TADROS: It’s ugly. I mean, it’s a really, really ugly date. But, you know, sometimes things that are ugly tastes delicious. I mean, what can you do?

TWILLEY: Life lesson here people, don’t judge your date on looks alone.

GRABER: Barhi dates are originally from Iraq.

NASRALLAH: They are from Basra. They were called Barhi because, from the humid wind that blows from the Gulf to the region called bare so they call them Barhi.

GRABER: These three varieties—Deglet Noor, Medjool, and Barhi—these are the biggest in the US. But Nawal told us that you can find dozens of different kinds in the markets in North Africa and the Middle East.

NASRALLAH: All those varieties they are given names by the by the farmers. Of the names I know, for example, they used to call certain dates, that is in Iraq, they used to call certain dates like the nightingale eggs. And there were other dates that were called the old lady’s candy, because they were so sweet and they—because they think that that toothless old lady would be happy with those dates. There were some large ones that they call them, the mules’ testicles. I have read that the most expensive date in Egypt in the year 2009 was called Obama. So, you know, it depends on their shapes, on their colors, on certain occasions.

TWILLEY: Tadros has vivid memories from when he was a kid of all the different varieties of dates on sale in the market in Egypt.

TADROS TADROS: It’s on carts, or in a fruit stands. And then you just walk because it’s a huge market. Everybody has different variety and pile. Then they use a newspaper make it like a cone. [SPEAKS ARABIC] —And that, “bilah,” is the translation for dates. “Rotab! Rotab!”— “this one is soft.” Then “bilah rotab!”—then everybody just comes to see what he has in that day, what variety he has.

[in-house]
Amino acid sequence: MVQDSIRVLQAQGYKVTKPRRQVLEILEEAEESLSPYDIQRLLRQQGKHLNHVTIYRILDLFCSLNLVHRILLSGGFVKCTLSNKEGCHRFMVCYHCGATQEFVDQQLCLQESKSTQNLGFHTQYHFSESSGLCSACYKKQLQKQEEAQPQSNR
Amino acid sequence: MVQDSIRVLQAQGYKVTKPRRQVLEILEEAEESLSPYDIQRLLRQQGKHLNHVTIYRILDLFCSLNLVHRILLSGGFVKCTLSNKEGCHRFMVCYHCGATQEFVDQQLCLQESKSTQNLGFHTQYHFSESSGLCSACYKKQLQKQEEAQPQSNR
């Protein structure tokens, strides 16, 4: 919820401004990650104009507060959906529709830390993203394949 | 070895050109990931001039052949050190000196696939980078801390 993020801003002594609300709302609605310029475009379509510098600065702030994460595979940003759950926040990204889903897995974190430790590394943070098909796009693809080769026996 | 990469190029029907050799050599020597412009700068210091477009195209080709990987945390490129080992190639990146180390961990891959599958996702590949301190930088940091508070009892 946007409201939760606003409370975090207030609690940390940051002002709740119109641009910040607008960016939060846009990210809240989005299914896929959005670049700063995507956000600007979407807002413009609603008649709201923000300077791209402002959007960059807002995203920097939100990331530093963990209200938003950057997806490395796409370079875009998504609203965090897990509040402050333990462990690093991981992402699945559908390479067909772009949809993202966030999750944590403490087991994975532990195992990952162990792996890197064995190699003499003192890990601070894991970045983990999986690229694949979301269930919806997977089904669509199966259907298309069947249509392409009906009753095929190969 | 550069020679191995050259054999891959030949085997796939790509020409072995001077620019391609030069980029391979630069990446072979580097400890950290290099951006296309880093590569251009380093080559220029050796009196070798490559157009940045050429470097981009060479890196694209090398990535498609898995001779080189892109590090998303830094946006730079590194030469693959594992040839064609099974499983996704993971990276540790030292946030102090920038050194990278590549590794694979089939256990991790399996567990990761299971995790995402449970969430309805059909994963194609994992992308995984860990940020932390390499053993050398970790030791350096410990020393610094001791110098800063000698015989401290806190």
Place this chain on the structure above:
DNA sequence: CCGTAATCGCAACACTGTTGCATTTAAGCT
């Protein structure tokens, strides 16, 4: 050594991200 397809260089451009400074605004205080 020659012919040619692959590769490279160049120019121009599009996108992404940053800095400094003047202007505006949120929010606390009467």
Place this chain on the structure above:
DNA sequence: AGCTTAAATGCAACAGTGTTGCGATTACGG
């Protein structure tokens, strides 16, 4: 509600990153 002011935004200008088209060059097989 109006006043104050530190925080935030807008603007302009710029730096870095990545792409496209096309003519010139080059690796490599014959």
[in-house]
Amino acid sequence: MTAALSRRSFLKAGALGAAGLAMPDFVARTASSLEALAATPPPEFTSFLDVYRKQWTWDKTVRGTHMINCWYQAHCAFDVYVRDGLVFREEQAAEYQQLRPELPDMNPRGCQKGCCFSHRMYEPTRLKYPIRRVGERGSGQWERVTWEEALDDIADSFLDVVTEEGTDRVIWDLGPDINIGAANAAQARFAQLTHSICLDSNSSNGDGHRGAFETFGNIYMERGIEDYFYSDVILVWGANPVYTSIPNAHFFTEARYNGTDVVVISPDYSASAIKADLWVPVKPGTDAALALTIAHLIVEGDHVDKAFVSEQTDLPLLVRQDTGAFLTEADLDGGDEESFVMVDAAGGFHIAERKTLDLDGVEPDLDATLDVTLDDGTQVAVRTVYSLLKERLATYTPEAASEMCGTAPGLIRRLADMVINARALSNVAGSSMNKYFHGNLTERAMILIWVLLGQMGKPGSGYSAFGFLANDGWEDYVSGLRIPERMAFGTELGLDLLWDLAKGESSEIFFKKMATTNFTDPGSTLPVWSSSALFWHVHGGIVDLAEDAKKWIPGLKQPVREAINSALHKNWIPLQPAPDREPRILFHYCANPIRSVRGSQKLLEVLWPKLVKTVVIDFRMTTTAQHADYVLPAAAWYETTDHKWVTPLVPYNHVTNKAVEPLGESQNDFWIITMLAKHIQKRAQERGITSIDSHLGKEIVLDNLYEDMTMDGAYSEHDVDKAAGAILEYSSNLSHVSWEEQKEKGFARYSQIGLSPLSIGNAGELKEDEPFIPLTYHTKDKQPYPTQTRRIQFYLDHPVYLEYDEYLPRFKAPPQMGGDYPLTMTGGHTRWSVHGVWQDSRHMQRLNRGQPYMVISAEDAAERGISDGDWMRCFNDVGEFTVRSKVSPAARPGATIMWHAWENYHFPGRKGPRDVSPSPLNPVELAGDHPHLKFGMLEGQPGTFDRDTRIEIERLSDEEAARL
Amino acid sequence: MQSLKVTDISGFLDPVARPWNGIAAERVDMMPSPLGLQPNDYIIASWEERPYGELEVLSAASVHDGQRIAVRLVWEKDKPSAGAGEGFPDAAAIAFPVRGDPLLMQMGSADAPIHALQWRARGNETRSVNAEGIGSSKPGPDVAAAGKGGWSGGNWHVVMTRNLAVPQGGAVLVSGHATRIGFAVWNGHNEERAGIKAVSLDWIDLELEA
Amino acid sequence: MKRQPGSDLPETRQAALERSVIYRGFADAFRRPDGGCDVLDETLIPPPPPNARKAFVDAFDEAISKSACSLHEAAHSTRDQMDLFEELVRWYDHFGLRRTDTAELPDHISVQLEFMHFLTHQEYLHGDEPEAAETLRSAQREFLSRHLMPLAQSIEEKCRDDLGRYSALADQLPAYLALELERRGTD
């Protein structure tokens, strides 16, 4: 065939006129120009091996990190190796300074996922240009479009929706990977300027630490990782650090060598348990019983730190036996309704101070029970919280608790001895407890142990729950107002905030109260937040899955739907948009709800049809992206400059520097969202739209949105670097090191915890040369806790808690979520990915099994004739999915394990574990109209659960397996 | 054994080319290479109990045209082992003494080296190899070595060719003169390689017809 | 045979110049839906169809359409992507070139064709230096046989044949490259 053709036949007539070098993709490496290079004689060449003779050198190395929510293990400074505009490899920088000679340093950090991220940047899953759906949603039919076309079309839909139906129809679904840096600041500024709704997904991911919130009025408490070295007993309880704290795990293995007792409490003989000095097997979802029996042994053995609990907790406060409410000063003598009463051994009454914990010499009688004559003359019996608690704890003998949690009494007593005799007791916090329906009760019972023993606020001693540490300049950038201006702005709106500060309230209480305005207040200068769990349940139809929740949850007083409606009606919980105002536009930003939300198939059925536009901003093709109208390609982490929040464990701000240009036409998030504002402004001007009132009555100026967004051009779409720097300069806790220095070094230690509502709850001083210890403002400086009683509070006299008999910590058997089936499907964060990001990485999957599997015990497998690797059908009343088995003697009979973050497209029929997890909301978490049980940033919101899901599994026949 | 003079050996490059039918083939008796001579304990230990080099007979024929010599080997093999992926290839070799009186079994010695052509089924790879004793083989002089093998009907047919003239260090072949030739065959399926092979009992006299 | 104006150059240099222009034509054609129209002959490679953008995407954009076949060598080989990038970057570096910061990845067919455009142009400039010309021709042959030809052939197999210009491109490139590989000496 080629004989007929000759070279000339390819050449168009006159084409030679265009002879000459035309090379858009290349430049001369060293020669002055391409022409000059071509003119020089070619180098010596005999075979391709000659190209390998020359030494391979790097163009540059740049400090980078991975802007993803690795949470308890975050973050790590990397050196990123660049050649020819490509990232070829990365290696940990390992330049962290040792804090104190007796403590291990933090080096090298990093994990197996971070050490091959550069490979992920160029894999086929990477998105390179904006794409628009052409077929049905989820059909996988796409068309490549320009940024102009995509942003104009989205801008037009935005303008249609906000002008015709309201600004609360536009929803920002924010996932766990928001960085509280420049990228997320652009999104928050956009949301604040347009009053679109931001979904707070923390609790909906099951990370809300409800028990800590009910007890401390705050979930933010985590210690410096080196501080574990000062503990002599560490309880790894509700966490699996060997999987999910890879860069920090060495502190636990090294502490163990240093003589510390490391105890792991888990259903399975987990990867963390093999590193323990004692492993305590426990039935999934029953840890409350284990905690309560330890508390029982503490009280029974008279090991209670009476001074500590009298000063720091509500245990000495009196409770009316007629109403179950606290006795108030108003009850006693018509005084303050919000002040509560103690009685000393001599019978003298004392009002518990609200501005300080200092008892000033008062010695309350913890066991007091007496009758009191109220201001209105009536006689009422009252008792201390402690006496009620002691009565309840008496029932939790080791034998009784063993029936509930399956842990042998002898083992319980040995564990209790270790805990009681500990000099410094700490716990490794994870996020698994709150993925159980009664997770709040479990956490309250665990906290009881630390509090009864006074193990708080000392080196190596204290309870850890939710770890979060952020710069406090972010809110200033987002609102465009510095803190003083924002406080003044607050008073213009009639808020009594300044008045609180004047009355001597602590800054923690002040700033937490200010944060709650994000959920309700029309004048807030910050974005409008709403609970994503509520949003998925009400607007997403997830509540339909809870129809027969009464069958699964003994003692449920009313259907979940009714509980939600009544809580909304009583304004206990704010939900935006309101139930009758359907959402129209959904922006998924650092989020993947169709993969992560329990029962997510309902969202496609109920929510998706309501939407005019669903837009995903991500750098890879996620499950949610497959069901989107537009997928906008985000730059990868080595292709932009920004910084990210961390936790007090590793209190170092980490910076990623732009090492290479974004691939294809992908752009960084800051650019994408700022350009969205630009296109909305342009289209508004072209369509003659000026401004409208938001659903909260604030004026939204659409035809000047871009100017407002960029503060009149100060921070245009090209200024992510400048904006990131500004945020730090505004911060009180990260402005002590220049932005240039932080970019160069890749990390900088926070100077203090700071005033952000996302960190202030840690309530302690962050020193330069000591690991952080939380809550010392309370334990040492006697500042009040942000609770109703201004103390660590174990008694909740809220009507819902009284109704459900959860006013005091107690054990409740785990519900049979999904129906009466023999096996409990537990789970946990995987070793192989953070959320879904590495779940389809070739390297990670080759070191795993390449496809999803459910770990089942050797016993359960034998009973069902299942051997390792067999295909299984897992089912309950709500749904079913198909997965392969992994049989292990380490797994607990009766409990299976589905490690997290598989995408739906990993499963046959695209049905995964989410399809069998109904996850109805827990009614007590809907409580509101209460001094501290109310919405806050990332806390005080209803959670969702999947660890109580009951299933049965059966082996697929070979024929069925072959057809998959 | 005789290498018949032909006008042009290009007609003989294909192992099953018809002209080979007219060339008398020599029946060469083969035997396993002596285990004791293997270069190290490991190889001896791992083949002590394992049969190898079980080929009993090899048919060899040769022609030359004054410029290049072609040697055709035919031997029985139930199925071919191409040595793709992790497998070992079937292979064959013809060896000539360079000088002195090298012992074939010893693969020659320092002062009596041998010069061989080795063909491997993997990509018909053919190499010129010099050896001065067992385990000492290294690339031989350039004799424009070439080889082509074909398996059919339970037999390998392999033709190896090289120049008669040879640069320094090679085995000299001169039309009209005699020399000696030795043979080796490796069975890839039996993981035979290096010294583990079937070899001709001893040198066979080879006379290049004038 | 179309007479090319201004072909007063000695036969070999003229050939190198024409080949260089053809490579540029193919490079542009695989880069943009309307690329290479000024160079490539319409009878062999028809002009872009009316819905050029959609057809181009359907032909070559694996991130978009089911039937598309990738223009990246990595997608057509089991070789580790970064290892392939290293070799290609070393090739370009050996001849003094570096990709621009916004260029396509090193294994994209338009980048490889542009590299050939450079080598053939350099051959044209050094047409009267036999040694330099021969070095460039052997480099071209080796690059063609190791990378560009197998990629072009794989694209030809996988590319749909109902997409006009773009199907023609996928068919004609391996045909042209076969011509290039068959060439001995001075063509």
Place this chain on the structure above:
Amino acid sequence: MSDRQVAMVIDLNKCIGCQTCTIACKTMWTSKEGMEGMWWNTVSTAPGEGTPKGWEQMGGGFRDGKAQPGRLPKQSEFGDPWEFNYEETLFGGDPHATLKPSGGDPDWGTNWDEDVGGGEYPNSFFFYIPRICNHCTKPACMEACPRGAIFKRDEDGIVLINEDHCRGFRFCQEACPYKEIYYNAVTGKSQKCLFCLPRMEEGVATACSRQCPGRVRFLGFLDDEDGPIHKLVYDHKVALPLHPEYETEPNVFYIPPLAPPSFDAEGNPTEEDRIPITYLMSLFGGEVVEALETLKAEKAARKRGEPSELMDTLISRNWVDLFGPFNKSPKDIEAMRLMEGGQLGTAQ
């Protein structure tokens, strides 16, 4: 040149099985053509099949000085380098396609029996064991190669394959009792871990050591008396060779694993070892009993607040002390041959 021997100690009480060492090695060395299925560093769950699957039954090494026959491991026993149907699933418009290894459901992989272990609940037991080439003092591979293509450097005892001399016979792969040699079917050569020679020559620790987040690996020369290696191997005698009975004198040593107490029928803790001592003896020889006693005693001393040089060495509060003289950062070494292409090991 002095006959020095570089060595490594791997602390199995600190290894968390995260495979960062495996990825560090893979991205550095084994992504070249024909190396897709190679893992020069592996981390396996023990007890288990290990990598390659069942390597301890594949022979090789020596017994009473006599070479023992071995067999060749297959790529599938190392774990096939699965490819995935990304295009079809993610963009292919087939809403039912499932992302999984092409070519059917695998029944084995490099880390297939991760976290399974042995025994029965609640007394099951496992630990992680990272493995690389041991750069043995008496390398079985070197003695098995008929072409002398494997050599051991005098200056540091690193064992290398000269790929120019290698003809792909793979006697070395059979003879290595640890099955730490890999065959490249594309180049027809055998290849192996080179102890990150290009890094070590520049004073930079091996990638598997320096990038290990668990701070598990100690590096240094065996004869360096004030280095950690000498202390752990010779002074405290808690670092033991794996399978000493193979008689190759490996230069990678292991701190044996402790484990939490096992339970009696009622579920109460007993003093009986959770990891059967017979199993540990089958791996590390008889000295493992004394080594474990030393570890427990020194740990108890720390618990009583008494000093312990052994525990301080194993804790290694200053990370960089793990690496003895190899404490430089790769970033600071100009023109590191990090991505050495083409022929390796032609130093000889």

GRABER: We didn’t get to shop in a market in the Middle East, but we did get hold of seven unusual varieties.

GRABER: Okay, so we have Abada. We have Zahidi, Deglet…

TWILLEY: Kadrawi…

GRABER: Kardrawi, brunette, blond, black beauty.

TWILLEY: I feel like brunette and blond are kind of perfect for the date theme. Like, which would sir prefer?

TWILLEY: Blonde and brunette are actually varieties that were selected in California, in the 1920s. And we liked blonde fine, it had a nice fudgy texture and a caramel taste.

GRABER: I like that.

TWILLEY: I’m happy with that.

GRABER: Blonde is great.

TWILLEY: Let’s see how brunette stacks up! I’m rooting for brunette, to be honest. [LAUGH]

GRABER: Obviously me too here! I always root for the brunettes. Sorry, blondes.

TWILLEY: They got everything else, they don’t need our support.

GRABER Mmm the flavor is great! I like the texture on the blondes better, but.

TWILLEY: There’s more of a little… molasses-y note.

GRABER: Totally.

GRABER: That’s a win for the brunettes, I think. Then the Abada surprised us, it tasted a little like cherries and raspberries, it was totally different from the other dates.

TWILLEY: Zahidi dates are Iraqi originally, like Barhis, and they were also very soft and squidgy and delicious. The Khadrawi date was like eating a caramel. Literally. Just sweet chewy melty caramel in fruit form.

GRABER: And then we moved on to the deepest darkest date of the bunch, it’s called Black Beauty and it’s a date that’s originally from Saudi Arabia.


GRABER: Wow. It has a denser texture—

TWILLEY: Oh wow, but also the taste!

GRABER: Ooh. Mm-hmmm. Almost has like, some coffee notes to it.

TWILLEY: Yeah I feel like this is a, it tastes already like a cake on its own.